5 Different Types of Floods

Flooding isn’t just an occasional threat; for some parts of the world, it’s a way of life. There are quite a few different kinds of flood, but they can be categorized into five basic types.

Knowing the difference between the different types of floods means you’ll know the cause and severity automatically.

Types of Floods

1. Areal Floods

This type of flood is very common in flatter areas where the water table is shallow. Areal floods result when there’s so much rainfall or melting snow that the surface soil is unable to absorb any more.

Solid concrete or rock, as well a frozen ground, can also prevent water from soaking into the ground. In some cases, the amount of water reaches dangerous depths.

Countries which have rainy seasons often suffer from this kind of flood, either because the ground has become too packed from drought conditions to absorb the water or because storms occur with so much frequency the land doesn’t have time to drain.

2. Catastrophic Floods

As the name implies, this is when a sudden change in the environment or infrastructure results in major flooding. This may be something as simple as a dam breaking. However, they’re more often caused by earthquakes, landslides, or volcanic eruptions.

These events can change the shape of the land in mere moments, shifting waterways or blocking them entirely. As a result, these floods can often come suddenly with deadly force.

Of course, the best known and most feared form of catastrophic flood is the tsunami. Caused by undersea earthquakes and often only predicted by observing coastal wildlife, the water recedes from the coast, leaving large portions of underwater shoreline exposed.

This then suddenly reverses with a massive wave overtaking the coast and destroying everything in its path. Because they can be difficult to predict, it’s very rare for a tsunami to occur without numerous casualties.

3. Coastal (Estuarine) Floods

Caused mainly by low barometric -pressure or high winds from one direction or channel floods from the other, coastal floods can be the result of tropical storms, cyclones, or even a secondary flooding following a tsunami. In cases of flooding inland, the floods are often created by massive waves.

Flooding towards the coast tend to be the result of flash floods, with debris often tearing into the river banks as the waters rush to the coast. In either event, the energy from coastal floods destroy everything in their paths, resulting in millions of dollars in property damage every year.

Bangladesh is a nation notorious for coastal flooding. The nation is a giant river delta where major rivers meet and is mostly on a low floodplain. Every year during the monsoon season, cyclones crash into the nation from the Indian ocean and inundate 2/3 of the country.


Its people have adapted and build structures that resist flooding, but there are still many deaths and great damage every year from the coastal flooding.

See Also: 13 Terrain Types on Earth

4. Riverine Floods

More commonly known as channel floods, this is the kind of flooding you likely think of first. They can result from a wide range of causes, such as excessive rainfall, sudden storms, rapid melting of snow and ice, glacial melting, landslides, or cyclones.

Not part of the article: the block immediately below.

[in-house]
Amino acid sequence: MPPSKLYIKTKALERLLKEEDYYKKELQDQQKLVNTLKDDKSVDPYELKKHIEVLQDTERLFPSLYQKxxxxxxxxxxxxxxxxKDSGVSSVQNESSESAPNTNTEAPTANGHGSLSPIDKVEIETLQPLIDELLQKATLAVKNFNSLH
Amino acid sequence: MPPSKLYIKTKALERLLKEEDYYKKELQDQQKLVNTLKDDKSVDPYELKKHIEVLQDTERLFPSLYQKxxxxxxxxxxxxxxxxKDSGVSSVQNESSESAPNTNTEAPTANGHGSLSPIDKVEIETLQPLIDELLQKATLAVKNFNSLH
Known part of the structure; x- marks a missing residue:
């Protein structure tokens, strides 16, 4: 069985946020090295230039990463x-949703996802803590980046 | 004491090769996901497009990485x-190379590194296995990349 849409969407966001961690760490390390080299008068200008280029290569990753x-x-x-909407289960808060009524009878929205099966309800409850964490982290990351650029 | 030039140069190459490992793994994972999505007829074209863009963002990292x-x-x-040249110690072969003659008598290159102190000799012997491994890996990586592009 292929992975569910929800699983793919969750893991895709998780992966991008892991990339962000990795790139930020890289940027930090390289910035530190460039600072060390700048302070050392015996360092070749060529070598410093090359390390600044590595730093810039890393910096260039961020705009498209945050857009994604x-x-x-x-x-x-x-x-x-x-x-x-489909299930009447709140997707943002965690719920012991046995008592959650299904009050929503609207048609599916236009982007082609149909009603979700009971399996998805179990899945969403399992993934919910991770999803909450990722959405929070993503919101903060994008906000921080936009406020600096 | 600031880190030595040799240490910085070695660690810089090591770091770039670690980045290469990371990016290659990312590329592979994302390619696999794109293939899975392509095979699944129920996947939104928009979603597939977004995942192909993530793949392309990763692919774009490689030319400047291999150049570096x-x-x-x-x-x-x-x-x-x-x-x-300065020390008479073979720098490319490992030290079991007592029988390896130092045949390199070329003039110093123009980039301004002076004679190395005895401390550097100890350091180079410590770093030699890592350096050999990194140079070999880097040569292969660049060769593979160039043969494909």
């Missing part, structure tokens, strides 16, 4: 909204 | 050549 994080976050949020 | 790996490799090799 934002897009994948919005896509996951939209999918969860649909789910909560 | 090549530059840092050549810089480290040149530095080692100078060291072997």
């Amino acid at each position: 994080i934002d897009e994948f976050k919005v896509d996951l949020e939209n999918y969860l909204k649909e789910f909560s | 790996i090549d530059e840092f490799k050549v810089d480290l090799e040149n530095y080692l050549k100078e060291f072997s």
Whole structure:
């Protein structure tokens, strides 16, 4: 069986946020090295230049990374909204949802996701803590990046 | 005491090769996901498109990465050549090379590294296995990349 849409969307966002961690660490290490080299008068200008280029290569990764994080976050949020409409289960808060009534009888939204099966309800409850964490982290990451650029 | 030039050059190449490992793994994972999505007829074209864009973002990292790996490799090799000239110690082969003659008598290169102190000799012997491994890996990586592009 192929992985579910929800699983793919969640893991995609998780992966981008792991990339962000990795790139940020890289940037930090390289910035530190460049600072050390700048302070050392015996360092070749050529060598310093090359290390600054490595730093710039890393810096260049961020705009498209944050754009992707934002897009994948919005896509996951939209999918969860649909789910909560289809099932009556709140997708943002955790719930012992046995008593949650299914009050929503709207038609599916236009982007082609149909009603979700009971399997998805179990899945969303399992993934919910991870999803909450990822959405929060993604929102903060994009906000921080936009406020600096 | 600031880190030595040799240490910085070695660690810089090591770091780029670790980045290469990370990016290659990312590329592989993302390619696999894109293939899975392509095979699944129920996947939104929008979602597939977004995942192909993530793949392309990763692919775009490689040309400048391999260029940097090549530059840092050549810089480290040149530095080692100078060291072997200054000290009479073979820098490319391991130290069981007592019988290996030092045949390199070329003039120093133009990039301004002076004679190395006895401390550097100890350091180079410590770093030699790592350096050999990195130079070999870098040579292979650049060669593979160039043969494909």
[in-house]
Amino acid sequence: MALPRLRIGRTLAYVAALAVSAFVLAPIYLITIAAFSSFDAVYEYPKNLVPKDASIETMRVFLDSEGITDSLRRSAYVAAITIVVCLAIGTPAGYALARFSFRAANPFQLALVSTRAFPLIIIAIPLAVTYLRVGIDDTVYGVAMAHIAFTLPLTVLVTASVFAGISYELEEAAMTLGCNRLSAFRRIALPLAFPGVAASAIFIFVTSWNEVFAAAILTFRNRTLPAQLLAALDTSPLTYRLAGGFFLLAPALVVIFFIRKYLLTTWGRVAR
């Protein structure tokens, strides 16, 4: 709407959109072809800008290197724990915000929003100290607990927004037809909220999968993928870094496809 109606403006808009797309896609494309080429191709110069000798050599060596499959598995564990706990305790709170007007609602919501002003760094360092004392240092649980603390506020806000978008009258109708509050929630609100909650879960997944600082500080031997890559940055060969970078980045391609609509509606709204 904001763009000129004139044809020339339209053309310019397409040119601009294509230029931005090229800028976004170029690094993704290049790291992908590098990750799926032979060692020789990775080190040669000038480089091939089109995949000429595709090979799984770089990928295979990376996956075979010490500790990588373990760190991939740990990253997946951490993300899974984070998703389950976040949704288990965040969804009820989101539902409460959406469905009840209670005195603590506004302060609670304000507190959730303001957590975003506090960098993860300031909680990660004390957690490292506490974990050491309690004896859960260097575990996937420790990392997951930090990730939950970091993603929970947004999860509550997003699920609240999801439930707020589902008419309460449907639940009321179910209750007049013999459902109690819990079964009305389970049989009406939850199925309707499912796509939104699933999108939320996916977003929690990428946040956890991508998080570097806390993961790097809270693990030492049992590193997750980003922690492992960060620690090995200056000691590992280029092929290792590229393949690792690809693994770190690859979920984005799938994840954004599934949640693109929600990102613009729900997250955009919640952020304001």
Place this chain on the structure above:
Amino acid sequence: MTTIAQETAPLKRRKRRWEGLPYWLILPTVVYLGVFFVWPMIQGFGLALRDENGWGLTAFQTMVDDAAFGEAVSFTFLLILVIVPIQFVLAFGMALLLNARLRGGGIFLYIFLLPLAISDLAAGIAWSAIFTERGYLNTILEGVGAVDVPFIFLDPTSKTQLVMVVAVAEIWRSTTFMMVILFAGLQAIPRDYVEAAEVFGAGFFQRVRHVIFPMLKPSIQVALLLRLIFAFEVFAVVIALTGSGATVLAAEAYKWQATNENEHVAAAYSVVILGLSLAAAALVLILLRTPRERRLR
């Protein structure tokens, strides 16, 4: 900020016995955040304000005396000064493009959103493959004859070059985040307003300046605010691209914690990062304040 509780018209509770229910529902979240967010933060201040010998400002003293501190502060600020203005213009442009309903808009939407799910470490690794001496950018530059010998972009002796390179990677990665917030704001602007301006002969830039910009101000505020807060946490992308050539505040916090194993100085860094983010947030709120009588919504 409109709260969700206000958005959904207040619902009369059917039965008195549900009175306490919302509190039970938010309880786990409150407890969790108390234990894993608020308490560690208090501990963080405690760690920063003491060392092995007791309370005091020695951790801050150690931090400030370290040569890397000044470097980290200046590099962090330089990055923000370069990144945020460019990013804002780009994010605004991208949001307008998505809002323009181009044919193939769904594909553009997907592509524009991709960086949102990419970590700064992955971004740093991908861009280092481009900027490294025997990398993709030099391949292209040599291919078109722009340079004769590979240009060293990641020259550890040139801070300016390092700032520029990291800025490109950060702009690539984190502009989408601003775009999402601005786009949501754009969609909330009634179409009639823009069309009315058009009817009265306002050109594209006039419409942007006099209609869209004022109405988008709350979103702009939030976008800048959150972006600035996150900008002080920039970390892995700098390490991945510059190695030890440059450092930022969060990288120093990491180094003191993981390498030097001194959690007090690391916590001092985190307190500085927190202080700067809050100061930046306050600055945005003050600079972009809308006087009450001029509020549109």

What they all have in common, however, is that stream and river channels take on a sudden influx of water far larger than they can contain. The water level rises quickly and usually turns muddy due to the amount of sediment being washed away. Dry areas with deep but narrow rivers are prone to flooding, but even wetter climates aren’t immune.

Riverine floods pose several dangers. Not only can flash floods rapidly overtake low-lying roads and residential areas, but the sudden rush of water is enough to rip loose land, trees, and anything else along the riverbanks. Due to the speed of the water, it’s easy for people to get swept up and drown.

Additionally, trees and other large debris can slam into bridges, boats, and other structures, causing extensive damage. It can be catastrophic to those in farming and agriculture. After a flash flood has ended, it can take many days for the water levels to return to normal, disrupting life and often isolating homes along creek beds.

5. Urban Flooding

Caused by flash floods, excessive rain, or broken water mains, urban floods are any form of inundation occurring in densely populated areas. Areas with poor drainage and sewage systems are more prone to this sort of flooding.

Because the food waters have a habit of seeping into basements or come into contact with sewage, areas suffering from urban flooding may be required to use bottled water or even evacuate until the flood recedes and cleanup may begin.

In 2005, New Orleans fell victim to extensive urban flooding due to a passing hurricane. The city is built in a location that may be easily flooded, and the resulting flood left the entire population temporarily homeless.

Even after the flood waters were gone, residents couldn’t return to their homes for some time as cleanup crews worked to clear away the sewage and make homes safe to inhabit.

Some families lost their entire home, while the more fortunate had to discard furniture and have the lower floors of their home remodeled to get rid of any sewage-soaked materials.

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